Thirdly, China borders about 14 countries, but has frontier disputes with as many as 18 states. None of these countries is likely to intervene in the event of a Sino-Indian conflict, but New Delhi can expect some, if not all, of them to share intelligence and information, especially in the maritime domain, to thwart added threats in the strategic Indian Ocean Region. Most of these satellite states are inimical towards China and fearful of its blatant hegemony.
Both sides have also placed aircraft carriers at the centre of their maritime force development plans, using elements of Russian technologies. But each side has started from a different base level of experience and of adopting their own path to securing carrier capability.
China is relatively new to carrier operations and has had to start from scratch, with no aircraft, vessel, training pipeline, or operational experience to build upon. By contrast, India celebrated the 62nd anniversary of its aviation wing in May 2015 and can claim 54 years of continuous carrier operations. Indian Navy (IN) officials, therefore, maintain that their “institutional” maturity, experience, and knowledge gives it a decisive operational edge.
Much of China’s cockiness stems from its delusion of economic and military invincibility which, looked at objectively, defies reality. In its clash with the Indian Army at Nathu La near Sikkim in 1967, for instance, the casualties suffered by PLA were almost four times those on the Indian side. Again, 12 years later in 1979, China boasted that it had driven Vietnamese troops out of Cambodia. The reality, however, was that Vietnamese troops remained in Cambodia for another decade after China’s self-proclaimed victory.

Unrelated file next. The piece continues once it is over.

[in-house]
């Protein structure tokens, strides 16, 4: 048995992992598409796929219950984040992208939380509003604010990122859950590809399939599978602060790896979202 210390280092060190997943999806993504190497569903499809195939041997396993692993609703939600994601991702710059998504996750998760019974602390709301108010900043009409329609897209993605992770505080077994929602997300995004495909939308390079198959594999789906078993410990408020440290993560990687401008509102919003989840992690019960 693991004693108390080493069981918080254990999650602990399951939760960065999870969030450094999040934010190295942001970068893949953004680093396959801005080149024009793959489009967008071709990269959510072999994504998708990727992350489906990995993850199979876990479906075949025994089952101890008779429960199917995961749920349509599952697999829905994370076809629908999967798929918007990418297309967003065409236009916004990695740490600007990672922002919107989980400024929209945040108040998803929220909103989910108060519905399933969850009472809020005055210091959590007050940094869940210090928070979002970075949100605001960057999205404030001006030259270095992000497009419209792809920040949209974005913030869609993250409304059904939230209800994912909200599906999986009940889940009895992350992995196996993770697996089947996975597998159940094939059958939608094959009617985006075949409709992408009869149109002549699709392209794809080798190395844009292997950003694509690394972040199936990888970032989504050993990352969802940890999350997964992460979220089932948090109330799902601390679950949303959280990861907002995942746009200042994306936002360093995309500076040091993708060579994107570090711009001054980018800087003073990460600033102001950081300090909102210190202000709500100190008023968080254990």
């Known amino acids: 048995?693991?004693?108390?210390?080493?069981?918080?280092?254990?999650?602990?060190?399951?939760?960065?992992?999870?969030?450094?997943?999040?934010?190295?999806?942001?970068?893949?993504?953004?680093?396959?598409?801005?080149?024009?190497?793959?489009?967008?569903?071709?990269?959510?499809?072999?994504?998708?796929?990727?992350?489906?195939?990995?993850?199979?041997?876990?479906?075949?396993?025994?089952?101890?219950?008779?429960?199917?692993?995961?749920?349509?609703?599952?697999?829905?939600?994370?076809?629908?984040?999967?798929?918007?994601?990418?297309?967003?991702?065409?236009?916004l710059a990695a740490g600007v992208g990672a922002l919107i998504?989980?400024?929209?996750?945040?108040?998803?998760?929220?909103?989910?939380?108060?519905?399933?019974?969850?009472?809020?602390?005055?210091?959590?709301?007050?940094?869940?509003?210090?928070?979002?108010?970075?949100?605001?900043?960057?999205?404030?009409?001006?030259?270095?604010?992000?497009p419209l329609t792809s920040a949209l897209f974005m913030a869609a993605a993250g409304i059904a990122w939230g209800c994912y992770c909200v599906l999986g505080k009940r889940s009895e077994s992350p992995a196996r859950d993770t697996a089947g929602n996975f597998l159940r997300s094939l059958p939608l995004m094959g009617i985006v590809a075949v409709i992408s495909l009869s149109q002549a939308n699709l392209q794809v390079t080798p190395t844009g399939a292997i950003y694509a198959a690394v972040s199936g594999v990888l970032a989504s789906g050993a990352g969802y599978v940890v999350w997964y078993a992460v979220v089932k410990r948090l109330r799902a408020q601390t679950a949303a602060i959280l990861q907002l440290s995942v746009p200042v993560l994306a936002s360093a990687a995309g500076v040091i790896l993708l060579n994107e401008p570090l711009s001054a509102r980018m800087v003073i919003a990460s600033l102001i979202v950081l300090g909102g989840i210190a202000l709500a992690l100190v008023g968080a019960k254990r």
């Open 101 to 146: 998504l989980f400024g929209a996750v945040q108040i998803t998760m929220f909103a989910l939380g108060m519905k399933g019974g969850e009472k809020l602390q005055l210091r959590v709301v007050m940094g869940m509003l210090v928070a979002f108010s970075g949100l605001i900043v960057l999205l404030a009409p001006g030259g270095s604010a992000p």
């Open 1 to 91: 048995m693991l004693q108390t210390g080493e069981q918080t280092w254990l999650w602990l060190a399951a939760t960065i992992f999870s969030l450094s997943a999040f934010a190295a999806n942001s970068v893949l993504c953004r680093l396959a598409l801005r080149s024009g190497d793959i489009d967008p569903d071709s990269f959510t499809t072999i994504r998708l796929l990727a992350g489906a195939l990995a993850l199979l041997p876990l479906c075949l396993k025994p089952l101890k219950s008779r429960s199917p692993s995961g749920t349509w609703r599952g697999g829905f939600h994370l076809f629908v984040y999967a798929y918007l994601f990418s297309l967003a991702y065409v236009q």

After the clash between Indian Army and PLA troops in the Galwan Valley area along the LAC on the night of 15-16 June, an embarrassed China declined to reveal the casualties it suffered.
Wars are not won by making self-serving claims of military superiority before they are fought; they are won by tangible results on the ground, achieved through superior strategy and tactics and as Napoleon Bonaparte said, lucky generals. When criticised for winning battles simply because of luck, Napoleon retorted: I’d rather have lucky generals than good ones.
Over decades India has negotiated an uneasy peace with China, largely through economic compromise and security concession, but this has not worked. While India should not abandon hope of finding a peaceful solution via diplomacy and negotiation, the sombre reality is that China appears to be in no mood to relent.
If anything, Beijing appears inclined to exacerbate tensions by unsubtly involving its surrogates in Nepal and Pakistan, countries it dominates through a combination of financial bullying, security, military and nuclear pacts, but, above all, by exploiting their visceral antipathy for India. Sadly, this can only mean a prolonged military impasse, which could well escalate into a conflict, at huge cost to both sides, including China.
This article first appeared in the print edition on July 4 under the title “When push comes to crunch.” The writer is former Financial Advisor (Acquisition), Ministry of Defence.
C. Raja Mohan writes: Growing power differential is what lies behind China’s assertion in Ladakh